After announcing that it would bring the Switch to China, Nintendo has revealed some details about how it will work and the role of its partner, Tencent. The Chinese tech giant will help Nintendo build simplified Chinese language versions of previously announced games like Super Mario Odyssey and The Legend of Zelda: Breath of the Wild. Tencent will also provide cloud services for the Switch Online service in China and modify the eShop to work with its widely-used WeChat Pay system.
Companies like Sony, Microsoft and Nintendo have only been able to sell consoles in China from 2015 -- prior to that, most legal gaming in the nation was done on PCs or smartphones. However, the newly opened market doesn't necessarily make it easier for console vendors, which have to contend with game censorship, red tape and other issues. By teaming up with an influential local company like Tencent, Nintendo might have an easier time navigating the tricky market.
China's regulators have given Tencent an initial nod to sell the Switch in China, though there are still some regulatory procedures to hurdle. The companies have yet to reveal when the Switch will go on sale, nor how much it'll cost.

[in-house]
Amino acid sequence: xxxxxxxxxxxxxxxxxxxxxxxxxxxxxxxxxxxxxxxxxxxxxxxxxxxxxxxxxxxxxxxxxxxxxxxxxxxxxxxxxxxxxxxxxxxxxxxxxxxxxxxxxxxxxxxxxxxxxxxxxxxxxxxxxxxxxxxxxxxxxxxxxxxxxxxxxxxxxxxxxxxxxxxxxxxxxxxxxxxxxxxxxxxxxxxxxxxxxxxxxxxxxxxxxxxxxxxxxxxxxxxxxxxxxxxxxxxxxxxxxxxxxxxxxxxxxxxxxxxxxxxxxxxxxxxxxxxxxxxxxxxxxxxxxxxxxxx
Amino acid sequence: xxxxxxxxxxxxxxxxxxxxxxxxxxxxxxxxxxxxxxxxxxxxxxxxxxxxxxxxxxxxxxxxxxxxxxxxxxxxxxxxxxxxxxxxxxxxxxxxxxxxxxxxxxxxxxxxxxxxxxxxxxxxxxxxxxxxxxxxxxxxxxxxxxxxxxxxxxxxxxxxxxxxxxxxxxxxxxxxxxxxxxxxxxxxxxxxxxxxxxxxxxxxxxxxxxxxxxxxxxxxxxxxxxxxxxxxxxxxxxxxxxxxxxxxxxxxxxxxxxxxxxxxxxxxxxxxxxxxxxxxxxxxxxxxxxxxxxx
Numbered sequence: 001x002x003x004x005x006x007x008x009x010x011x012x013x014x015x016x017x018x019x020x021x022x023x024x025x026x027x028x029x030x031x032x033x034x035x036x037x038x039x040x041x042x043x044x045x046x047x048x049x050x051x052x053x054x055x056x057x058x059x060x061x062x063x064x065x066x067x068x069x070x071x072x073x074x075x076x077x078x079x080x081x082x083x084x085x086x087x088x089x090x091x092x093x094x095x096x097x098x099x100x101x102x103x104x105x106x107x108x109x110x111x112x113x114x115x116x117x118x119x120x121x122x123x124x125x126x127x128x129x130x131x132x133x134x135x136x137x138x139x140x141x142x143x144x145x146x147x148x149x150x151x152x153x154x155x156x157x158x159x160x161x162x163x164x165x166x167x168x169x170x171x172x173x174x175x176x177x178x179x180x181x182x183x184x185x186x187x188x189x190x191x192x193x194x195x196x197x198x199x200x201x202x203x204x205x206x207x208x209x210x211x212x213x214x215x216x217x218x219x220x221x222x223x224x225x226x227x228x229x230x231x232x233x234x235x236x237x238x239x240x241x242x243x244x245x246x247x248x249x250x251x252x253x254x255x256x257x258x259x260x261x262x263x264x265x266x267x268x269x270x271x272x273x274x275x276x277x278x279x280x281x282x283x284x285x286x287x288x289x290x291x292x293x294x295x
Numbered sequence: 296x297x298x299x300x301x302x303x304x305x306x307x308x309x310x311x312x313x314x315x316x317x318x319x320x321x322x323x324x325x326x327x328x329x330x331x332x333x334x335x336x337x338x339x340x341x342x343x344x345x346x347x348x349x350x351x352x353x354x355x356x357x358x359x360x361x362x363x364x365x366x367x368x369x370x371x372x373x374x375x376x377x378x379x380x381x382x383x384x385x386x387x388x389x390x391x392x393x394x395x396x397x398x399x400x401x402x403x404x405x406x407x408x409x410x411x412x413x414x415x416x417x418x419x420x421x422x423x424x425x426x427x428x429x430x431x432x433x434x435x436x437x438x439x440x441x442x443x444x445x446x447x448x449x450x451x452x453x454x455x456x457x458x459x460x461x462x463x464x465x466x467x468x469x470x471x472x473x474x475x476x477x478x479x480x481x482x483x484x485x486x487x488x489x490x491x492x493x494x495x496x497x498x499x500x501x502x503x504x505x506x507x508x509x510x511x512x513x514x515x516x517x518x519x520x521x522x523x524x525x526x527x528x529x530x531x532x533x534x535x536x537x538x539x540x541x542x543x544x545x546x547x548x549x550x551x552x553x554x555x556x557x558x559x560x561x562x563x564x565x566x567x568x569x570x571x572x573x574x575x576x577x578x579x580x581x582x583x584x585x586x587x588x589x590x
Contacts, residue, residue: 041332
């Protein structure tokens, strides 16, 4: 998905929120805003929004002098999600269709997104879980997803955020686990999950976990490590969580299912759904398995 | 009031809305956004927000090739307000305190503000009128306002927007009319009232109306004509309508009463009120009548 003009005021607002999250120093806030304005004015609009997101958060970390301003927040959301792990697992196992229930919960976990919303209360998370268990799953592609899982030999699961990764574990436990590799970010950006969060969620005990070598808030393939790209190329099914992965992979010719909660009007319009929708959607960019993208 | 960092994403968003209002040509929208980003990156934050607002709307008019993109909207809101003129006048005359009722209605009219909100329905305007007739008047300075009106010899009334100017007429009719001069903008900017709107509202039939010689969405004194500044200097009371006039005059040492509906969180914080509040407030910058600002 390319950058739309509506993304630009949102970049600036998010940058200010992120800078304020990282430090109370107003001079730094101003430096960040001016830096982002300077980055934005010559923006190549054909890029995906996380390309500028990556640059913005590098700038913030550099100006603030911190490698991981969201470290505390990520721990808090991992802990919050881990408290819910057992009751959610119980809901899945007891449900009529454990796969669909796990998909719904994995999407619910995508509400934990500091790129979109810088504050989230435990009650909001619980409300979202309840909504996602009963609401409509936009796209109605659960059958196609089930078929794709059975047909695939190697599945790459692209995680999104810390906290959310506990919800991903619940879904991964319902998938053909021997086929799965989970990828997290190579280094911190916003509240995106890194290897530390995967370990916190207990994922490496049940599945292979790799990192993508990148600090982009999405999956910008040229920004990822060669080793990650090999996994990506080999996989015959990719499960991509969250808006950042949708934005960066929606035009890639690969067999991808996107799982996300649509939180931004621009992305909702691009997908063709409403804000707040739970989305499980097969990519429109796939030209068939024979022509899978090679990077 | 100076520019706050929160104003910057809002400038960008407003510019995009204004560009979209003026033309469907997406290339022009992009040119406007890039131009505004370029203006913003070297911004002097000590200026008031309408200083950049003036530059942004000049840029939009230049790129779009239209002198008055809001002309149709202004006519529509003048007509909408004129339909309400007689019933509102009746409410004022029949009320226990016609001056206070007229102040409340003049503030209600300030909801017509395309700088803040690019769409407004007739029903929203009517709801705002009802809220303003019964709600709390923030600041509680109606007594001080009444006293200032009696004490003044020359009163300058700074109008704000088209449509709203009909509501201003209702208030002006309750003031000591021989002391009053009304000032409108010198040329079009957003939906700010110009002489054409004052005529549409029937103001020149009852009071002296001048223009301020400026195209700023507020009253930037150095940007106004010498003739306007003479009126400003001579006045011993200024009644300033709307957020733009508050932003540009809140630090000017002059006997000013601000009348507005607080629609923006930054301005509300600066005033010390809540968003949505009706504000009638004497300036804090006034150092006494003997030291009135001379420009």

Nintendo last tried to enter the Chinese market in 2003 with the iQue, a clunky console embedded directly into a controller. While it never took off, the brand still exists by supporting previously released products and localizing new games into simplified Chinese.
iQue managed to retain support of the Chinese government by releasing "quality healthy games suitable for all ages, at a global gaming market flooded by vulgar products today," according to iQue's "about" page from 2013. In China, games must adhere to socialist values, traditional culture and moral rules, while downplaying sexual and violent content.
Last year, China stopped approving new game titles, and when it resumed near the end of the year, Tencent was left off the list. The company finally made it on the government's whitelist after the third round of approvals.